When we use the word symbol in English we usually mean that something “stands for” something else, as when we say that a flag symbolizes a nation. But there is also a sense in which symbol means not real. When some Christians say that Jesus Christ is symbolically present in Holy Communion they seem to mean that Christ is not really present in Holy Communion. However, we call our fundamental Orthodox statement of faith, the Creed (I believe in one God….) the Symbol of Faith. But by calling the Creed a symbol, the church certainly does not mean it is not real. However, the opposite of the word symbolic is not real, but rather diabolic.
On November 8th the church celebrates the feast of St. Michael and All Angels. The angels are referred to in the Creed which says “I believe in one god… maker of all things visible and invisible”. The word invisible refers to the angels. The angels have the duty of praising God and acting as messengers between God and humanity. But we also must remember that the devil is a fallen angel. Our word devil comes from the Greek word diabolos, which breaks down to a prefix “dia” meaning apart, separate and “ballein” meaning to throw. So diabolos means the one who throws apart. And this is indeed what the devil does. He sows discord, tearing human beings away from God (Adam and Eve in the garden) from each other (Cain killing Abel and the entire history of human violence), and away from nature. For that matter, he divides human beings within themselves.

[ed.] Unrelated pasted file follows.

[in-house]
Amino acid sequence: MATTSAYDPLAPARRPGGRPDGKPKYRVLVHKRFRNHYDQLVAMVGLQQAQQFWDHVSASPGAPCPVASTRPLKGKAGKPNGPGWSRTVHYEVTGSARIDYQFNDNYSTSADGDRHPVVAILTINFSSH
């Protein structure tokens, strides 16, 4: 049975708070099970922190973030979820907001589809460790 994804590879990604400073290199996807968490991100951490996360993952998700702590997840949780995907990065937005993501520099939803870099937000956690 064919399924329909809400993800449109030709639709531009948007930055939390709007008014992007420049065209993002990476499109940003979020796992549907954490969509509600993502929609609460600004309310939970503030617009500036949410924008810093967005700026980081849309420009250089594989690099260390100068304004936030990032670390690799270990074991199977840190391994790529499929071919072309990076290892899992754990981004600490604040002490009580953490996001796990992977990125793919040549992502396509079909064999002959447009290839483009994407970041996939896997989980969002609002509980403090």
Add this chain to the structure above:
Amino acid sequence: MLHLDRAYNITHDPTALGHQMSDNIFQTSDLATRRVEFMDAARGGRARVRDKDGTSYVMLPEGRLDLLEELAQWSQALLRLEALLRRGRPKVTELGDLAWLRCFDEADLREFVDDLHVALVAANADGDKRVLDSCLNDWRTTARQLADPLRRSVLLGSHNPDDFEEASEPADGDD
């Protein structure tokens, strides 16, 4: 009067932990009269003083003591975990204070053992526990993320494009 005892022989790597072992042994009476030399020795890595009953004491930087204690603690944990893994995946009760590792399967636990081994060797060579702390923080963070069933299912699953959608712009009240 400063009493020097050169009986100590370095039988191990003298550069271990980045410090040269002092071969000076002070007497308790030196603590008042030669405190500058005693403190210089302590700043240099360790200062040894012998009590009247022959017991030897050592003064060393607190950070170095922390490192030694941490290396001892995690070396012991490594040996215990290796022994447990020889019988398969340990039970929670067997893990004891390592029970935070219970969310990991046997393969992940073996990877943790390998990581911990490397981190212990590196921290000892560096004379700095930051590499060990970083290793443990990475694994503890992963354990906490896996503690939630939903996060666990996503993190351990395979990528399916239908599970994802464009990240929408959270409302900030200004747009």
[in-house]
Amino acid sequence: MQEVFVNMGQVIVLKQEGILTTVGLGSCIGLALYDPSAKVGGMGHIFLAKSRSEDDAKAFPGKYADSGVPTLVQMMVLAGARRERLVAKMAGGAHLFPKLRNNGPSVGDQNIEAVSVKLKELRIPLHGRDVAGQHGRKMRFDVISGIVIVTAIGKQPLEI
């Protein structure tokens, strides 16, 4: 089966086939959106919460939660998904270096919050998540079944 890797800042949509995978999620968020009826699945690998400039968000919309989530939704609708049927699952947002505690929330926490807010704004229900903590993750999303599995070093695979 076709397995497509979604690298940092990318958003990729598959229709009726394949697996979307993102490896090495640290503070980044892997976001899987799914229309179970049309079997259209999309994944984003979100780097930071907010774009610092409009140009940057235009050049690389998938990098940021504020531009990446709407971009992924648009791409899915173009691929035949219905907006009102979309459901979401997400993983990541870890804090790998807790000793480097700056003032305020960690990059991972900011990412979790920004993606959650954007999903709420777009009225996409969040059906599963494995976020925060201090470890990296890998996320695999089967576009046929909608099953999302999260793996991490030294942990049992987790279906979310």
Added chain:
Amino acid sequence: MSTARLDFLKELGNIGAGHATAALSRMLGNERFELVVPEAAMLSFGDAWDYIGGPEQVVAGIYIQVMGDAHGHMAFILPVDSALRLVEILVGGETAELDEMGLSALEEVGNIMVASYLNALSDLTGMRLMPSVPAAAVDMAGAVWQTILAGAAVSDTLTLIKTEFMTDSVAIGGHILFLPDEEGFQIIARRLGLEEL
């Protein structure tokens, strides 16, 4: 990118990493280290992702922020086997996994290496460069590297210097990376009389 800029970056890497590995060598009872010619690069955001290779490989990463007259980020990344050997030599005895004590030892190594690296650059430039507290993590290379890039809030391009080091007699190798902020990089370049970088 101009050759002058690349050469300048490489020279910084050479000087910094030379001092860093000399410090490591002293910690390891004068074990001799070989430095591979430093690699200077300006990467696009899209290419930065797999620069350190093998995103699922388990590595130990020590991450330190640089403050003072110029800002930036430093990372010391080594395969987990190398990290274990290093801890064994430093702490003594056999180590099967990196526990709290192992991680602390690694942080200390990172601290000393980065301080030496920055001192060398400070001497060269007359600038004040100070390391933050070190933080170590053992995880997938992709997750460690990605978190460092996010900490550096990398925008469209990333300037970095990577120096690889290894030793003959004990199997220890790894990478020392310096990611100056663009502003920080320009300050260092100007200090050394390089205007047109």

And this is where the word symbol comes in. It too is a Greek word combining the prefix “syn”, meaning together and “ballein”, to cast. In other words Jesus Christ the church celebrates the feast of St. Michael and All Angels. The angels comes to us as the one who reunites humanity with God, human beings with human being and humanity with nature. As St. Paul writes in the Letter to the Ephesians “[Christ] is our peace, who has made both one and has broken down the middle wall of separation.” (Eph 2:14) and in Galatians “There is neither Jew nor Greek, there is neither slave nor free, there is neither male nor female; for you are all one in Christ.” (Gal 3:28)
This process of the healing of alienation and hostility began with Christ’s life, death and resurrection and will be completed at the end of time. However, as we wait in hope of Christ’s second coming let us work in our own way to heal any hostility or alienation we encounter in ourselves, others, in society or in the world.